We sat down with Professor Philip Nolan, president of Maynooth University, to discuss his plans for the university, which lies on the periphery of Dublin. His role focuses on creating a strategy and implementing this to grow and develop the university.

Maynooth University is home to over 1,000 staff and 13,000 students, and more than 1,200 of these are international students hailing from over 60 countries. The university offers a wide range of excellent academic programmes which are delivered by leading researchers in various fields, and students are challenged and encouraged to reach their full potential in this top-class learning environment.

Challenging, diverse and community

Maynooth University also offers a very diverse and socially stimulating campus with a noticeable community feel, making it an excellent place for international students to find their feet. The university is unique for its flexibility in academic programmes, offering courses covering the full spectrum of disciplines across the subjects of science, engineering, social science and humanities, and these areas can be combined to earn degrees in exciting and flexible ways. For example, you can study Computer Science alongside various subject options, including Business, Law, Economics, Anthropology and Sociology.

The university has just begun its most significant capital development to date with a budget of €57 million being used to expand the campus to add a Technology, Society and Innovation building. The aim of this is to implement the study of new technologies to examine how they can benefit people in society. This development will include a new set of lecture theatres and research labs, providing considerable infrastructural support to aid the expansion of course offerings. Other recent developments include an investment in computer science and electronic engineering, and also in teacher education. As a result, the campus is thriving and developing.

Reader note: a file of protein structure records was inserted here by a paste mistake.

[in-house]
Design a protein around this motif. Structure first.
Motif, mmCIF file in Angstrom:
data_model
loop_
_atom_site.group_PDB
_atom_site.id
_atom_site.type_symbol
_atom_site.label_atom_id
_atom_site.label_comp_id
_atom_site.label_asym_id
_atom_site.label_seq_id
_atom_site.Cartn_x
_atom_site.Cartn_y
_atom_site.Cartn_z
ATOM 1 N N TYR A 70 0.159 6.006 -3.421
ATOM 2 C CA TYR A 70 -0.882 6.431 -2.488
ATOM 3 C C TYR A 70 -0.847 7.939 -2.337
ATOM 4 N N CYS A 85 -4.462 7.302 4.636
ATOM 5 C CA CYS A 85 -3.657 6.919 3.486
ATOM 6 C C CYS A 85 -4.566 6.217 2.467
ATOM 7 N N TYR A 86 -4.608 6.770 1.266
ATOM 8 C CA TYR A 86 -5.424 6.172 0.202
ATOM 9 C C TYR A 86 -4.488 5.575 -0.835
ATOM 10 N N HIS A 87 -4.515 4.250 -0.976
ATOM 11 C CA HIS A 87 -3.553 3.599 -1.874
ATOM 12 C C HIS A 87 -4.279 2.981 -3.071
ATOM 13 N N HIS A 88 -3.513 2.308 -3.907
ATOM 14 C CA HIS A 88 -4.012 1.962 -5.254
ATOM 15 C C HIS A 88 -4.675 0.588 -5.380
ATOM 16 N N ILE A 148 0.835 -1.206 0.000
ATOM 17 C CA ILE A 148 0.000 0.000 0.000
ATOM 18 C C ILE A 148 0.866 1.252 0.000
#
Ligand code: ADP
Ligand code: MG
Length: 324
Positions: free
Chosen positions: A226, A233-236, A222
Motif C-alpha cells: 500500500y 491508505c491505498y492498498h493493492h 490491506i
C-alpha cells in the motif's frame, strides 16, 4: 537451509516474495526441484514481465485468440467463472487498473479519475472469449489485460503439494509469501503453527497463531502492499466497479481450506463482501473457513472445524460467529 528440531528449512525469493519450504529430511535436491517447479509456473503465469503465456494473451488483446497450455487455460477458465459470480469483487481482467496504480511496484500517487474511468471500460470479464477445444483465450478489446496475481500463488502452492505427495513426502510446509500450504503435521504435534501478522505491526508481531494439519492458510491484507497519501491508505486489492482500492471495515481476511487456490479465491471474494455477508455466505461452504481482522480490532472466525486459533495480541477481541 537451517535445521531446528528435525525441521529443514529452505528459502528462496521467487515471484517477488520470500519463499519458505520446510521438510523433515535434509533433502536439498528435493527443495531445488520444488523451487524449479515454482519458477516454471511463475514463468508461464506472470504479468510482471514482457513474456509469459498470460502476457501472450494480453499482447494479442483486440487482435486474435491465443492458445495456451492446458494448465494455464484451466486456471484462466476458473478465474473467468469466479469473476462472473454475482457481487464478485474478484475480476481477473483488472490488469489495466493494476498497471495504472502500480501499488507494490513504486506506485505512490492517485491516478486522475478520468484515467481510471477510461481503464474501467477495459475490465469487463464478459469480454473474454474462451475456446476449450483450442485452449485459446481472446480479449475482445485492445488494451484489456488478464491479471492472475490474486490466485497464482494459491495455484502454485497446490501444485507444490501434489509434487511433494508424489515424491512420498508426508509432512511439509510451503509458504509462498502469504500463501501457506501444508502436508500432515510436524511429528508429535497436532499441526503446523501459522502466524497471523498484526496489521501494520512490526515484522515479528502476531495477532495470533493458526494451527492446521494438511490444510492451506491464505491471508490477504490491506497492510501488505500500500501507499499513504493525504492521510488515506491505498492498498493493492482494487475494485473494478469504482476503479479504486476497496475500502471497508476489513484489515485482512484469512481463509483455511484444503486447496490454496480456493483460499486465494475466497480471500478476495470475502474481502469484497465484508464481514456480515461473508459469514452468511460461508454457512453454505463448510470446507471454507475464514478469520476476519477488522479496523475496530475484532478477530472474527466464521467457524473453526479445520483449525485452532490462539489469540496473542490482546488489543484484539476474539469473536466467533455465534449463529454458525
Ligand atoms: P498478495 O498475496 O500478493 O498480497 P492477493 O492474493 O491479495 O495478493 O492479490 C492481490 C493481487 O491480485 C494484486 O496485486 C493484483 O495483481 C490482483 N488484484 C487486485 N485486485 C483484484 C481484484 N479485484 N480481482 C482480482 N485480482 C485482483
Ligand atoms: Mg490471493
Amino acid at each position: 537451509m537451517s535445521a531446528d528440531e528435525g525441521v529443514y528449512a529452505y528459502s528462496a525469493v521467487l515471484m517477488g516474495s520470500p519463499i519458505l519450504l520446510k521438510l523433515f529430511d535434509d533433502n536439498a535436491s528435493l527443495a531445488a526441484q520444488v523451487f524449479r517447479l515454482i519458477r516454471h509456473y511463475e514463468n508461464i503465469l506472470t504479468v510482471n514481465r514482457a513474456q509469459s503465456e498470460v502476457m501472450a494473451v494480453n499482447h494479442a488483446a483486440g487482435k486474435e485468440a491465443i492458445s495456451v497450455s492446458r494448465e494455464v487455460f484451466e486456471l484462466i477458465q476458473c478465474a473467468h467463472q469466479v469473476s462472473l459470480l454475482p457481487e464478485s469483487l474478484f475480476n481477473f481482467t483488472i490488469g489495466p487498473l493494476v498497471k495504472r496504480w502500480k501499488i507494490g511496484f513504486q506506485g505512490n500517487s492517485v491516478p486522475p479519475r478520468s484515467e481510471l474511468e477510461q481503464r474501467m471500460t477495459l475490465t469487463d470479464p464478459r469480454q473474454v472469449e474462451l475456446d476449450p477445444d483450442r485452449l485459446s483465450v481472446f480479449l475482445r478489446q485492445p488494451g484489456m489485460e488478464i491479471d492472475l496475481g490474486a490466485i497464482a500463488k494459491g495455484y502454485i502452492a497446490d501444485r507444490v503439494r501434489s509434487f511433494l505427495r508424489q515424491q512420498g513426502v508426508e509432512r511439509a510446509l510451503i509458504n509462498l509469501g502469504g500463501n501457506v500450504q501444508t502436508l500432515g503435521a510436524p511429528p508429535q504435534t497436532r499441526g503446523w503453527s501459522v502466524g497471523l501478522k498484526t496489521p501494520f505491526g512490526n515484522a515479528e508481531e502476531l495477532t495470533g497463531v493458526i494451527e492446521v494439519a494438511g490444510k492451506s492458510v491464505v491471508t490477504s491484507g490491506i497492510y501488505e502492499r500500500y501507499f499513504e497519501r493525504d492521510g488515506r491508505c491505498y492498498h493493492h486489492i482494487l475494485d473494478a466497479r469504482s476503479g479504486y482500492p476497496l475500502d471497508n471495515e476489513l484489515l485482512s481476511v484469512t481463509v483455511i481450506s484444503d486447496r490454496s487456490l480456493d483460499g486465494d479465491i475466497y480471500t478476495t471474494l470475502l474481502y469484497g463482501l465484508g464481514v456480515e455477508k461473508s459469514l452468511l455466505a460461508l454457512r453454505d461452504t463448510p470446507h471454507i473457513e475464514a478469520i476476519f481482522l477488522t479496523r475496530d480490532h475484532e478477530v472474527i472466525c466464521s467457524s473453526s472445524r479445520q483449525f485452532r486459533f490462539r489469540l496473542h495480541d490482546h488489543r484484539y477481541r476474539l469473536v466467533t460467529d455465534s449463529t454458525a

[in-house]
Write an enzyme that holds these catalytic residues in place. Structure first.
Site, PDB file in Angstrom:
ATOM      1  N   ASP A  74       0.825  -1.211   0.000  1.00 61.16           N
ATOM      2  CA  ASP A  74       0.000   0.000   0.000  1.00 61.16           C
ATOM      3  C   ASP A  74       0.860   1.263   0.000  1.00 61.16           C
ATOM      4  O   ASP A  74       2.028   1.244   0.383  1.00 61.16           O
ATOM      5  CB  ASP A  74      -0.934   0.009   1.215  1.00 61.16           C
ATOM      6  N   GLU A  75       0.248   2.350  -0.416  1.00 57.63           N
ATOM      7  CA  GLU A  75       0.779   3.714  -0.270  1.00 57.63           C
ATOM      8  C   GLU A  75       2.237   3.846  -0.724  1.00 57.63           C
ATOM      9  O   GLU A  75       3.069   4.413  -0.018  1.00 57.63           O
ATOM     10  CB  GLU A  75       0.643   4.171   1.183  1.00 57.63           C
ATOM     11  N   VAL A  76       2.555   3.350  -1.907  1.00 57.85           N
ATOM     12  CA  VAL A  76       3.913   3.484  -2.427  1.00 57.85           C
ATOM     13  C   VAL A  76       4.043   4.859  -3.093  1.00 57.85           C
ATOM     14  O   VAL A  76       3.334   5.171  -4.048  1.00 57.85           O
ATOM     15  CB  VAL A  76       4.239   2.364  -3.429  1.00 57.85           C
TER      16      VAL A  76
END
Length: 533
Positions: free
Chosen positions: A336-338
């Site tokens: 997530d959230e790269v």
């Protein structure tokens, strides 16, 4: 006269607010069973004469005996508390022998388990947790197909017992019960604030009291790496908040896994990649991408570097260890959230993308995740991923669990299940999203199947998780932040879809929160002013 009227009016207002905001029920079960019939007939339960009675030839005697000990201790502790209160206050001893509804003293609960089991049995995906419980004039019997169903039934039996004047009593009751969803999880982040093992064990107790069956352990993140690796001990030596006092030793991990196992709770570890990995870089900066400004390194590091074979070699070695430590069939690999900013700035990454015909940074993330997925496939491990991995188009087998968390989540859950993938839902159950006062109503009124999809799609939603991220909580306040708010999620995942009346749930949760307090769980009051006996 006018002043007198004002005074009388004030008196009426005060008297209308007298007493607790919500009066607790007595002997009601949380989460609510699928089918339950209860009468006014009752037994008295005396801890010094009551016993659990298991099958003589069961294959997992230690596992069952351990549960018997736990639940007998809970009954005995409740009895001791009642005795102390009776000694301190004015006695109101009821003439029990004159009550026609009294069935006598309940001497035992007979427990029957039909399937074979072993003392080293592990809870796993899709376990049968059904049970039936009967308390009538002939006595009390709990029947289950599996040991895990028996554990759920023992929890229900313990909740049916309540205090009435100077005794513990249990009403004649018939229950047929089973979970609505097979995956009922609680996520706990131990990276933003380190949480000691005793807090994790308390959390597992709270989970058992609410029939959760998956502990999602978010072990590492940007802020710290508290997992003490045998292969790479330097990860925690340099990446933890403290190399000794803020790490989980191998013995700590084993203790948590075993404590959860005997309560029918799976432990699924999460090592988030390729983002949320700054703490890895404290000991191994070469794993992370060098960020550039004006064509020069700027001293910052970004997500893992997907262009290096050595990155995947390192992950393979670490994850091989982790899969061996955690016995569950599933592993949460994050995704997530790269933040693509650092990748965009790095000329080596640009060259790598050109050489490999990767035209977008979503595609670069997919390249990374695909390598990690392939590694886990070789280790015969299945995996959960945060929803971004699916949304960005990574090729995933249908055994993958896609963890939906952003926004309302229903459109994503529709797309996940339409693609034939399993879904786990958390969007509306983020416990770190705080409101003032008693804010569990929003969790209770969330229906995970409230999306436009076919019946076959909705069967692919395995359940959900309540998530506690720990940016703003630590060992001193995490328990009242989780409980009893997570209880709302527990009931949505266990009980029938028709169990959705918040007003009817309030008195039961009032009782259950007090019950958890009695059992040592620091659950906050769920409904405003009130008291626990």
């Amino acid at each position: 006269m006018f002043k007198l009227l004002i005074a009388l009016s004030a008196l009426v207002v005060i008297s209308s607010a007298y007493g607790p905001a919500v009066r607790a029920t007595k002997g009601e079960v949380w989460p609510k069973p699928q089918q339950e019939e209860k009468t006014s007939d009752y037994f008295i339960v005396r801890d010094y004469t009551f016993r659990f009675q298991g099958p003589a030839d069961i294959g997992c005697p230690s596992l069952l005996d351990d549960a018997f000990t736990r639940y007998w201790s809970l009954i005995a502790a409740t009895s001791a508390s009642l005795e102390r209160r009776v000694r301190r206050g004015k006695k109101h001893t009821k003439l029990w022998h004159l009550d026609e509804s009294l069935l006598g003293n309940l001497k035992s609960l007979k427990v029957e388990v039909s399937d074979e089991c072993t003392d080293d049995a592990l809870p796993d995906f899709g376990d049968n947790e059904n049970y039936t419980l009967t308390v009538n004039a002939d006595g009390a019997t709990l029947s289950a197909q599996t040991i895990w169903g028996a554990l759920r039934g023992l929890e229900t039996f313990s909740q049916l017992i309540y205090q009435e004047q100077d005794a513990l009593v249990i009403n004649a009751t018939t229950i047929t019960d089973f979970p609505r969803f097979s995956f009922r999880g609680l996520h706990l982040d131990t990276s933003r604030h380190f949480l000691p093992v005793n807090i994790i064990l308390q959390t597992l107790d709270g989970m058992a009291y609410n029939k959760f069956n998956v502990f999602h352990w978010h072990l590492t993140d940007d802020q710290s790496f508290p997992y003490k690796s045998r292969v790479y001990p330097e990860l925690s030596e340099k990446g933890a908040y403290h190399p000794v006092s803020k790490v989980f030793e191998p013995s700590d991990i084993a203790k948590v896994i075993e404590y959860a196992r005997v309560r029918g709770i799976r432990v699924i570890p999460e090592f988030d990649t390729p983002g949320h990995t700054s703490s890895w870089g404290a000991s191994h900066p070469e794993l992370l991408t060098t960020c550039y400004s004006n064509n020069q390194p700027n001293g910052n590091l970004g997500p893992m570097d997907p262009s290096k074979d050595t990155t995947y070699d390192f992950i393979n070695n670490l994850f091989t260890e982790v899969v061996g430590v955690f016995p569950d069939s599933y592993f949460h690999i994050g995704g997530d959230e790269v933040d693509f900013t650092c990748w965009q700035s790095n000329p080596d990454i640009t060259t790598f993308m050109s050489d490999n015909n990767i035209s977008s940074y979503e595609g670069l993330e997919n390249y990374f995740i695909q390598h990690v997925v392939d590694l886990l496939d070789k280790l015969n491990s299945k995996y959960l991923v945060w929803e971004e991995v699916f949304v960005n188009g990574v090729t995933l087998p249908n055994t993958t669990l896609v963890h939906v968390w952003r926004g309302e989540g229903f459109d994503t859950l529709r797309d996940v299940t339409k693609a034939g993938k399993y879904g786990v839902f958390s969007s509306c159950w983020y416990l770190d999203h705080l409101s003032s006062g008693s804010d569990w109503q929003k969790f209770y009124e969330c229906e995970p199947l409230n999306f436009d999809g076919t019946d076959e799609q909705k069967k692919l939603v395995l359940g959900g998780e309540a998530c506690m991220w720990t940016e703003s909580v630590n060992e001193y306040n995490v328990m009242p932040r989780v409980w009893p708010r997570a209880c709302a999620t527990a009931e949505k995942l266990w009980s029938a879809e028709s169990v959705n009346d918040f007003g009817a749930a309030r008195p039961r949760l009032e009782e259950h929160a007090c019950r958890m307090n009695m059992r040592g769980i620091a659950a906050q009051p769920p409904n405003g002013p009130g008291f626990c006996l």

Professor Nolan can sum up Maynooth University in 3 words: “challenging, diverse and community”. This description captures one of Ireland’s top third-level institutions, which continues to serve Dubliners and international students alike!



The Third Level – From Munich to Dublin

Doing a Masters in Dublin: An international student’s experience Romina Dashghachian is from Germany, while her parents are from Iran, and she came to Ireland to study in Dublin. In 2019, she began her Masters Degree in Public Relations at DCU. During her stay, Romina shared her experience as an international student with Dublin.ie. Why Romina did her Masters in Dublin Romina reckons that Dublin and her hometown of Munich have a lot in common. “Munich has a community feel, so you never feel like you’re in a giant anonymous city,” she says. “And that’s why I like Dublin as well. When you’re here, you don’


Life on campus for the international student

Ireland might be a small country, but our universities and colleges are incredibly diverse. Every year, tens of thousands of students from over 130 countries come here to study.

World class teachers: Professor Aoife McLysaght, geneticist - Principal Investigator in the Molecular Evolutionary Laboratory and Lecturer in Genetics, TCD.


World class teacher: Aoife McLysaght, geneticist

Professor Aoife McLysaght is one of the world’s leading genetics researchers. She is also a Lecturer in Genetics at Trinity College Dublin, as well as a past student. She speaks to Karl Whitney at Dublin.ie about her experiences of studying and working at the prestigious university. Trinity life, according to Aoife McLysaght The thing that I find interesting and exciting: new ideas and trying to figure them out. And that works better when you’ve got somebody to talk about it with. You learn from the experience of working with people who are